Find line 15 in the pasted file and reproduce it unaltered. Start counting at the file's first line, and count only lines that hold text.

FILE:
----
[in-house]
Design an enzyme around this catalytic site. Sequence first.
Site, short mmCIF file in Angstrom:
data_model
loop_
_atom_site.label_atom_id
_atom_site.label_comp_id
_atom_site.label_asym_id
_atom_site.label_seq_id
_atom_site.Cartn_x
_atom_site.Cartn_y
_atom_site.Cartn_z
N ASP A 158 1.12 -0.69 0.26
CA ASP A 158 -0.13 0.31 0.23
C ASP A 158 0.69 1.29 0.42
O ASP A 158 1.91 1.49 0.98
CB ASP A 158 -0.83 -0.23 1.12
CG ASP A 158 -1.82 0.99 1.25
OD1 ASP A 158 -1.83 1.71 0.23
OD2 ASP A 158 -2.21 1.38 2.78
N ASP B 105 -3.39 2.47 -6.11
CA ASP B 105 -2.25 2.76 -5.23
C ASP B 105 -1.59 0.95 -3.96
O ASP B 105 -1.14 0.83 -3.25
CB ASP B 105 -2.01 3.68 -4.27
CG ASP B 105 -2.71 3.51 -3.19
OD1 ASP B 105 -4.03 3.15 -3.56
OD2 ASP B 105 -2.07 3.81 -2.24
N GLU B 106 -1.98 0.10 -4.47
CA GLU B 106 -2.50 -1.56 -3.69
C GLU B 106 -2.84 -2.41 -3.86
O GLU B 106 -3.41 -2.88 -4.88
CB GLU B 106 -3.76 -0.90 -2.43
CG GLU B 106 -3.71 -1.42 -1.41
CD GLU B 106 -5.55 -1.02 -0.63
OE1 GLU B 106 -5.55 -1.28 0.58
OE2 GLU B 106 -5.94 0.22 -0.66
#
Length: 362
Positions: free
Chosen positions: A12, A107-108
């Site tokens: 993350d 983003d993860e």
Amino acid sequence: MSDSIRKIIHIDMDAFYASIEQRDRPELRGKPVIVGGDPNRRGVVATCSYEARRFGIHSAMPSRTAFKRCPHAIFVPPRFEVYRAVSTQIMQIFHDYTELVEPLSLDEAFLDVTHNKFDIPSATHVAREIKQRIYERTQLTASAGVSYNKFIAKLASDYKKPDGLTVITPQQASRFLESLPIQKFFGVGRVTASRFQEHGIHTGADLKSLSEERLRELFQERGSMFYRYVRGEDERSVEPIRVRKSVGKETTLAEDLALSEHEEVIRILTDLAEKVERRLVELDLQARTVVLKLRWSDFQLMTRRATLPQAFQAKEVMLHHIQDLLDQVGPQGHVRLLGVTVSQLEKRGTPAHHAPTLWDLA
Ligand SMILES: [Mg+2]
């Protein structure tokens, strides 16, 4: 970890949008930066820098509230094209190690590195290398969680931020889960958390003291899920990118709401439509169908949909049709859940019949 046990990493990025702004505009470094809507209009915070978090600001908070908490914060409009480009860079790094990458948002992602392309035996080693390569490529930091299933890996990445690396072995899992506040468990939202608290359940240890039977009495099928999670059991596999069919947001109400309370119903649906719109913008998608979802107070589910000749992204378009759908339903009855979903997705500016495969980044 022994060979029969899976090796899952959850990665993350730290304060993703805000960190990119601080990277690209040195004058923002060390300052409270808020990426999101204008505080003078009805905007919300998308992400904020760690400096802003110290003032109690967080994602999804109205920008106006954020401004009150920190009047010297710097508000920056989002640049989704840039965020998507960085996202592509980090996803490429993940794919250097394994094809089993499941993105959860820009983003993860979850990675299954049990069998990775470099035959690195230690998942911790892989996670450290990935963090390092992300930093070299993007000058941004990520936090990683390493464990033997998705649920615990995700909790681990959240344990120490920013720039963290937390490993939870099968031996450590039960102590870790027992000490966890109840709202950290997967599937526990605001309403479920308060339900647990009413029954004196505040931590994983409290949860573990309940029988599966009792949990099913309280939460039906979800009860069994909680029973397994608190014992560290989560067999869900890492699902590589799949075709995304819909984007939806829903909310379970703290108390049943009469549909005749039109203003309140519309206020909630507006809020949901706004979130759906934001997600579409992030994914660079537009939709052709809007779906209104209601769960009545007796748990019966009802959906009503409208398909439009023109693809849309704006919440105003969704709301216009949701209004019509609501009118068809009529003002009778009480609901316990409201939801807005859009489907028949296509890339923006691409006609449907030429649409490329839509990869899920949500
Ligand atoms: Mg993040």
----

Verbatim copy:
C ASP A 158 0.69 1.29 0.42